In Search of New England Food History

New England blogger friends recently asked, “Where have you two been?” Clearly, we have not been maintaining our writing cadence. “On a fascinating journey,” we remarked. Since last fall, we have been researching the origins New England food, which has taken us to libraries, bookstores, docks, museums, farms, root cellars, markets, and pantries across our six northeast states. We’ve met food historians, librarians, archivists, chefs, farmers, fishermen, family cooks, and various foodstuff purveyors, all of whom are helping us weave the strands of a fascinating story.

Union Oyster House
Union Oyster House in 1920s, Boston, MA

With books, journals, maps, menus, cooking instruments, and other regional food paraphernalia now festooning our home office, we realize how intertwined our New England history is with food. And it’s not all glamour either. History never is.

Though the New England food journey is deep and diverse, it helps us better understand who we are, where we came from, and why we’re willing to argue over such things as maple syrup, fried clams, pizza, oysters, whoopie pies, johnnycakes, scrod and beer. Stay tuned because we’ll be sharing our discoveries.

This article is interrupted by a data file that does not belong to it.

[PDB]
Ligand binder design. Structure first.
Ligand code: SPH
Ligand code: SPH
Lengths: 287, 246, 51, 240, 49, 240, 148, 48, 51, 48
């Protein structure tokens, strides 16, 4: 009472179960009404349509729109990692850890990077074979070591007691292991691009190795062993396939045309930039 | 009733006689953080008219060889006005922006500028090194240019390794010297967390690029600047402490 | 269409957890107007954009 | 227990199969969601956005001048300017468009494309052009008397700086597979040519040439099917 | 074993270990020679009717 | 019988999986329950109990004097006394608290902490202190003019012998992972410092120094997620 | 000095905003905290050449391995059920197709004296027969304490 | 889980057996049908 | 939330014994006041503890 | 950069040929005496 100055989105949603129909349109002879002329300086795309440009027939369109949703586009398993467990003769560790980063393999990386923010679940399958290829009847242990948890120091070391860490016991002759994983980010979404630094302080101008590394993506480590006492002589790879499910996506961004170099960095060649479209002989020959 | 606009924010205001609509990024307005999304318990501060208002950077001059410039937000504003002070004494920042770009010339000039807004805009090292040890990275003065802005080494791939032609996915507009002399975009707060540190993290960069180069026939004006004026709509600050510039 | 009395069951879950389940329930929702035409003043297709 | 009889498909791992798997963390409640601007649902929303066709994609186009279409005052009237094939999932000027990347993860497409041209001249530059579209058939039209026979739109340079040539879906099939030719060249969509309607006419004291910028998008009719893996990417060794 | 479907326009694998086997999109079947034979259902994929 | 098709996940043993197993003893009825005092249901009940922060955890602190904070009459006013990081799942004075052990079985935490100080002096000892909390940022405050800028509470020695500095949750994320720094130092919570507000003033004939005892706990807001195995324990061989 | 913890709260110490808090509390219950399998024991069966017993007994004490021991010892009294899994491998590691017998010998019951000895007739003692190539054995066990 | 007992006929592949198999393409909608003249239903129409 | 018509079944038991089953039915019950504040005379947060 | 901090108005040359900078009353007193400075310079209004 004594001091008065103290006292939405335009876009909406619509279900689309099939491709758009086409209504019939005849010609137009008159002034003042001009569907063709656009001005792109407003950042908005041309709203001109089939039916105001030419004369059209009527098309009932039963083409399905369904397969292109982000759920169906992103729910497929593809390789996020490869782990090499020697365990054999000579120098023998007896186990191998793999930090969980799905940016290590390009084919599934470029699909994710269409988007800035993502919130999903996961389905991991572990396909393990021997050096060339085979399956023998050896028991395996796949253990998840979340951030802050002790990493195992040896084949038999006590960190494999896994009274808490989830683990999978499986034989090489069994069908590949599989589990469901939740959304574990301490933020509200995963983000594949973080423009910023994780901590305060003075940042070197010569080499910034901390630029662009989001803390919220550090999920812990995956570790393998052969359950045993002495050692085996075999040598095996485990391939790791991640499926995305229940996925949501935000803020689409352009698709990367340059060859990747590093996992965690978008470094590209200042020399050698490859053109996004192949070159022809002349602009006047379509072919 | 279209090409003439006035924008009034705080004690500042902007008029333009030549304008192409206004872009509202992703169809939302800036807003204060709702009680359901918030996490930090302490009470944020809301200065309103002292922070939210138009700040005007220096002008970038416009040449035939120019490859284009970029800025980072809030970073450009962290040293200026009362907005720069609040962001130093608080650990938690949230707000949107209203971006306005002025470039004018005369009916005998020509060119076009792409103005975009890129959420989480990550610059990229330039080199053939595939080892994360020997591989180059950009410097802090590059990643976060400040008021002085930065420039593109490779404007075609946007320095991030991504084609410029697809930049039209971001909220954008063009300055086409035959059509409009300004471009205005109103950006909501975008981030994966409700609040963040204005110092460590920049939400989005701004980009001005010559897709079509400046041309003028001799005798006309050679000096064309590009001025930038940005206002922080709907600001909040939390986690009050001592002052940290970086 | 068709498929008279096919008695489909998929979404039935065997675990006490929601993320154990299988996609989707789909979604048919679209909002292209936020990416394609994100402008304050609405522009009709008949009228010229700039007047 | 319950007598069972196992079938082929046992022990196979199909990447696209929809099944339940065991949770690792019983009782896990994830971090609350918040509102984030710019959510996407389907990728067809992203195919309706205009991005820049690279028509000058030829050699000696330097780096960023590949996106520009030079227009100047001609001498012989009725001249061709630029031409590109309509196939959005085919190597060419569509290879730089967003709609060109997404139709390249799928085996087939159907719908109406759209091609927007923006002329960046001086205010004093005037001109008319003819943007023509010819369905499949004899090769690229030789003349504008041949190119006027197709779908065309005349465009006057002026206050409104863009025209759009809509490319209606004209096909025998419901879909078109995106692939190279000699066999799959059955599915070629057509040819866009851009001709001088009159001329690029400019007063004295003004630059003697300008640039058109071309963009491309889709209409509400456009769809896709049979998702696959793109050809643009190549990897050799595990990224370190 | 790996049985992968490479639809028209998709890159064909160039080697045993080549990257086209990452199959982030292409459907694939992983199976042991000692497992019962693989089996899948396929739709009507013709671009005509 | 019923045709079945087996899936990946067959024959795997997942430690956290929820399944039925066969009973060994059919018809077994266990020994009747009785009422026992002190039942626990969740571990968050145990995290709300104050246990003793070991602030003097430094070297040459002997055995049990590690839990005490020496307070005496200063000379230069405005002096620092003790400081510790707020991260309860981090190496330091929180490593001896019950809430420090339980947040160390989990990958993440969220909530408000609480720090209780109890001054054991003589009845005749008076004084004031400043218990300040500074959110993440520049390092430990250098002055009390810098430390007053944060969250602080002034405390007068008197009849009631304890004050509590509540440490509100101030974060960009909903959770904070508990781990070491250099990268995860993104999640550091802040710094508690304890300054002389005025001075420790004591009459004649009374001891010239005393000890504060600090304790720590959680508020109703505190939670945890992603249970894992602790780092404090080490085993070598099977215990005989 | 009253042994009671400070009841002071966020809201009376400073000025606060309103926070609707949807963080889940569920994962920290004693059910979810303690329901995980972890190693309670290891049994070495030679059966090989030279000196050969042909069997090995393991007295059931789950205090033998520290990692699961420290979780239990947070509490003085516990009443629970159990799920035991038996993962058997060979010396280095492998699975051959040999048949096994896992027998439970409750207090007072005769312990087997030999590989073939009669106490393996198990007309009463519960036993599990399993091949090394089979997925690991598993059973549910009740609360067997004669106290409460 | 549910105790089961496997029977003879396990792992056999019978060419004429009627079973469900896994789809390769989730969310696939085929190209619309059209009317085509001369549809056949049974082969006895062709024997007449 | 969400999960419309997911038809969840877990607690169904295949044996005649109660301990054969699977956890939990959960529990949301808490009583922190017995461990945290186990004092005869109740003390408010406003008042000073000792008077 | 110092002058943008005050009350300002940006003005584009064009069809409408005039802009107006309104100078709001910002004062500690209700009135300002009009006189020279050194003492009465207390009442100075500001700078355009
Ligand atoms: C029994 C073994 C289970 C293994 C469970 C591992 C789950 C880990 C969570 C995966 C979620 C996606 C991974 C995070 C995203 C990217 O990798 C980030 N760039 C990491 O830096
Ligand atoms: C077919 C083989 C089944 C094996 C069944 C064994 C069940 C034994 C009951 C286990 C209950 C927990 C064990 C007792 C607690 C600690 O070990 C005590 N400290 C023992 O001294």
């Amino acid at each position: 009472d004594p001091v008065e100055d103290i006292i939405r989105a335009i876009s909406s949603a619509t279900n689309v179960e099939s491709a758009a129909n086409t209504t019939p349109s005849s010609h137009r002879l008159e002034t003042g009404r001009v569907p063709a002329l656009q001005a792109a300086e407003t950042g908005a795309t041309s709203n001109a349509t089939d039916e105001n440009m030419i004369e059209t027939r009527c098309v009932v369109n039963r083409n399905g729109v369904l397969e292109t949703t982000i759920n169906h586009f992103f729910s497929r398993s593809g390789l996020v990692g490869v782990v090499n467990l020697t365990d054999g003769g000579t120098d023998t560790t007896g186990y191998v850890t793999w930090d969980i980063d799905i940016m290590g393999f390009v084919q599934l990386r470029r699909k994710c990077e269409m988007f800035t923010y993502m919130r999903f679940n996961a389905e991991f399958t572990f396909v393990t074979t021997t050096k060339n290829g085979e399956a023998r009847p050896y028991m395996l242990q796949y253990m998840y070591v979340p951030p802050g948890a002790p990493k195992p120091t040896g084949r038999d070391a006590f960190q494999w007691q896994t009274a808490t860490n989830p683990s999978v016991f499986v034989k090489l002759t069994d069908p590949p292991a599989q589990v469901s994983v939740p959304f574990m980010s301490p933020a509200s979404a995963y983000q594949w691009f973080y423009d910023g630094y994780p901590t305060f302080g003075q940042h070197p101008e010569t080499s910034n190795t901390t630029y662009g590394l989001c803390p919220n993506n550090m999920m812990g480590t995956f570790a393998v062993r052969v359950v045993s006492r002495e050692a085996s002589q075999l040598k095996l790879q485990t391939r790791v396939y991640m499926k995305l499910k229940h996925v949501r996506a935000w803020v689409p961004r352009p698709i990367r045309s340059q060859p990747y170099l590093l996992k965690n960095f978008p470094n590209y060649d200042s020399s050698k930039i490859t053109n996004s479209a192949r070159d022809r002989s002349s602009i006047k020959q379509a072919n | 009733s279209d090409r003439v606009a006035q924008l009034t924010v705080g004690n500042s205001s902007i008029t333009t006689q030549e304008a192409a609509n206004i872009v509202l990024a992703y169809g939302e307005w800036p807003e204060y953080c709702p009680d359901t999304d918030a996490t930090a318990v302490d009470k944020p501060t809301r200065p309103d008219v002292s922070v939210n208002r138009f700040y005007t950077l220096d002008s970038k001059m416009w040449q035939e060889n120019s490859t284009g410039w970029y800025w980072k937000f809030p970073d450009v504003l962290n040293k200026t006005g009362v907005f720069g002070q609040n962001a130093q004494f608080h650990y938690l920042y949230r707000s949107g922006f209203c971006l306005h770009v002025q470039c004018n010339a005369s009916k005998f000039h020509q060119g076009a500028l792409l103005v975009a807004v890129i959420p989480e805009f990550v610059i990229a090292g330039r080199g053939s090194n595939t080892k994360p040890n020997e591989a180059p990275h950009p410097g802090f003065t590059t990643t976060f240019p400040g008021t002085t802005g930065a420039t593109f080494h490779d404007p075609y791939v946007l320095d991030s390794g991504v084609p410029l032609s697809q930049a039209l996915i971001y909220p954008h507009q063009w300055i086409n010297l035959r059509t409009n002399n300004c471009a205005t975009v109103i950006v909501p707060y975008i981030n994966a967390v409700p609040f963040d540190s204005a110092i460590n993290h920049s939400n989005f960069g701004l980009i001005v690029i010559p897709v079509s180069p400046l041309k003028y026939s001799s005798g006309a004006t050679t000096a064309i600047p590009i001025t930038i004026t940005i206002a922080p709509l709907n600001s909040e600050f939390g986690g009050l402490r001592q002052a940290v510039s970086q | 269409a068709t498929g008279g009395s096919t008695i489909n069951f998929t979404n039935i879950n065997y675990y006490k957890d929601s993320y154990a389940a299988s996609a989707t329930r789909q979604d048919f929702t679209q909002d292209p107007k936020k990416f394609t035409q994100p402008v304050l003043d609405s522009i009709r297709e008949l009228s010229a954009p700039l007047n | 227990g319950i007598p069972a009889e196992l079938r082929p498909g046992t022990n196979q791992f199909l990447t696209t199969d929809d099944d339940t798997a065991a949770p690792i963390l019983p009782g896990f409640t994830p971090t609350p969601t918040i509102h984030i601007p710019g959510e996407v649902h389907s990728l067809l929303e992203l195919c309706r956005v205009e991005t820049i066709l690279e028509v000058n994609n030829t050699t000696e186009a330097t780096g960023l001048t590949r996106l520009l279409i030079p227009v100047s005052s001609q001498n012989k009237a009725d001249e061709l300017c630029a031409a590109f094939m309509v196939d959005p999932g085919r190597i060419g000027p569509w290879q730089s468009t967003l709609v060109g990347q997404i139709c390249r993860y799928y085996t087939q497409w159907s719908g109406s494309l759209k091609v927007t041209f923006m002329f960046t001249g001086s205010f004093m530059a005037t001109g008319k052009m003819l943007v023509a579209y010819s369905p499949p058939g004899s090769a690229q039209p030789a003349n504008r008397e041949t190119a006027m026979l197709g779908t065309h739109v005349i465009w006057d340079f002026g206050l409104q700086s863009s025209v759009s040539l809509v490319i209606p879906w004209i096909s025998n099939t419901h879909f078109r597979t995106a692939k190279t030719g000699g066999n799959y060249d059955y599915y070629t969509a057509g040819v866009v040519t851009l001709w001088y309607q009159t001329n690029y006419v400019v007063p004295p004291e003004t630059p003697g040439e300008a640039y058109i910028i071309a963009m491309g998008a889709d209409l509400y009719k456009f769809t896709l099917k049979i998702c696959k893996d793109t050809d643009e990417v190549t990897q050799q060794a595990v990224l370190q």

-The Two Palaverers

Photo Credit: Union Oyster House, Boston, MA


4 Replies to “In Search of New England Food History”

  1. I can’t wait to read the book! What a wonderful project to work on! A few years ago, I read “Salt,” “Cod” and “A Basque History of the World” by Mark Kurlansky. All three books were about food (to a large extent) and all three had a connection with New England — particularly “Cod.” But a history of food in New England — now that is something I just can’t wait to read. As soon as it comes out, I’ll be reserving several copies for Christmas gifts!

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